HaloO, John Macdonald wrote:
Unless autothreading is also implied by conditionals, $y and $z would have significantly different results; $y === any(undef,undef,undef) while $z === any(1,2,3).
This is why I'm opting for statical analysis of auto-threaded conditionals.
But, if autothreading *is* implied by conditionals, where do the threads get joined?
Right after the conditional, of course. From there it could be necessary to branch into both blocks however if you have a result of any(0,1) and an else block. ?? !! essentially behaves like an if else. Question is how this applies to user defined control structures.
I have a feeling that the autothreading has to happen essentially at the point of the creation of the junction to avoid getting a result from a junction that none of the joined quantities is capable of justifying (such as the one described ealier of (-4|4) matching the criteria to be in the range 0..1). I suspect that juctions will be perl6's "action-at-a-distance" hazard. (With quantum entanglement, you get action-at-a-distance effects in the real world.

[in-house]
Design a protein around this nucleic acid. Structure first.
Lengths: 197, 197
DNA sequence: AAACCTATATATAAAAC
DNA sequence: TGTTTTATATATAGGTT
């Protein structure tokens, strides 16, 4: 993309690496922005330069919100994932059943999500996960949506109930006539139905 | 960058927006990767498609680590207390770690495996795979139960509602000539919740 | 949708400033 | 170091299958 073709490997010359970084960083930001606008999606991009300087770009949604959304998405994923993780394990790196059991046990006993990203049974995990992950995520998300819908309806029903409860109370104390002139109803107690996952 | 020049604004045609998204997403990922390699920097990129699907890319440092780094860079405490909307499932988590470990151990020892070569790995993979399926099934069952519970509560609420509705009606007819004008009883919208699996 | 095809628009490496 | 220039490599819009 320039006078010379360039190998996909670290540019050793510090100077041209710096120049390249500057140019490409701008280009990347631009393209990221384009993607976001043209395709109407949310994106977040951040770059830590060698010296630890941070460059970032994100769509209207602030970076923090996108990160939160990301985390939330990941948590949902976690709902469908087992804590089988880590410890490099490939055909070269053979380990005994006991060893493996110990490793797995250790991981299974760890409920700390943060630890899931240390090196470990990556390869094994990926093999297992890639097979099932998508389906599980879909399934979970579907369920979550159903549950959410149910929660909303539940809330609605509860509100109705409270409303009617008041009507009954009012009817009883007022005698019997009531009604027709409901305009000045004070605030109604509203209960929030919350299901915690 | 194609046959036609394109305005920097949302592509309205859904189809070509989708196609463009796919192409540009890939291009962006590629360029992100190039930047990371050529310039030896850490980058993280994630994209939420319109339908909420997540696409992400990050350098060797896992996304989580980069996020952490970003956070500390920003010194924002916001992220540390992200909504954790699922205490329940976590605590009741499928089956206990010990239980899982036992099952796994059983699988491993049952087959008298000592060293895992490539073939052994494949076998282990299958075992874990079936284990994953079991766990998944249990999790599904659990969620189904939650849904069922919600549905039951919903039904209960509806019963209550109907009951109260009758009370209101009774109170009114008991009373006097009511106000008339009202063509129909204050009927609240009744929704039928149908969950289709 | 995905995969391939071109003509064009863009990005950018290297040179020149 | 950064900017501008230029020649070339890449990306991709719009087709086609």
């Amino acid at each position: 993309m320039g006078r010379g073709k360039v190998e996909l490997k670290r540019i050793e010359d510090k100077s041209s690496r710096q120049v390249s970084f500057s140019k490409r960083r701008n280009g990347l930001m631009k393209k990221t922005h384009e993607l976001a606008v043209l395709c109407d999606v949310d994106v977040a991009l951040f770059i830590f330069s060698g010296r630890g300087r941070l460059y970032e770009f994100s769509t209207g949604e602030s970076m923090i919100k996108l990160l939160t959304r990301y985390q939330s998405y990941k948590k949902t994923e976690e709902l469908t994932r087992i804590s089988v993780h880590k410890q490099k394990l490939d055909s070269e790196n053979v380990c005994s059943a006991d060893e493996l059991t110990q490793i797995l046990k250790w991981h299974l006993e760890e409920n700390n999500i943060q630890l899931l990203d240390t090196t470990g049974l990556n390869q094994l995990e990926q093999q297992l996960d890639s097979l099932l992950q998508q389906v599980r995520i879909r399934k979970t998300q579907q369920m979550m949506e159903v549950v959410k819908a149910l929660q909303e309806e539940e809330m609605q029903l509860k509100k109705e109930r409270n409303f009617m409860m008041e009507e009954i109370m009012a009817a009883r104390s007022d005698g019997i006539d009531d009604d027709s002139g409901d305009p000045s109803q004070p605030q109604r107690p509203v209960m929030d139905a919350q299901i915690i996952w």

Quantum entanglement is no action at a distance because you can't transfer anything with the collapse. The local appearance is that of a normal quantum measurement. Only if you communicate information by traditional means you can compare *measurements*. The common misconception of Quantum Mechanics is that it is about small things whereas a two photons system can span galaxies.
When we import them into a computer language, the resulting action-at-a-distance should come as no surprise - except for its inherent surprise/hazard nature.) Now, if it is acceptable for -4|4 to return true for 0 <= $x <= 1 when tested directly in an expression, but to return false if it is tested in a subroutine, then perl6 junctions are not really modelling quantum superpositions
I agree. We should make sure that junctions model quantum computations. Regards, TSa. -- "The unavoidable price of reliability is simplicity" -- C.A.R. Hoare "Simplicity does not precede complexity, but follows it." -- A.J. Perlis 1 + 2 + 3 + 4 + ... = -1/12 -- Srinivasa Ramanujan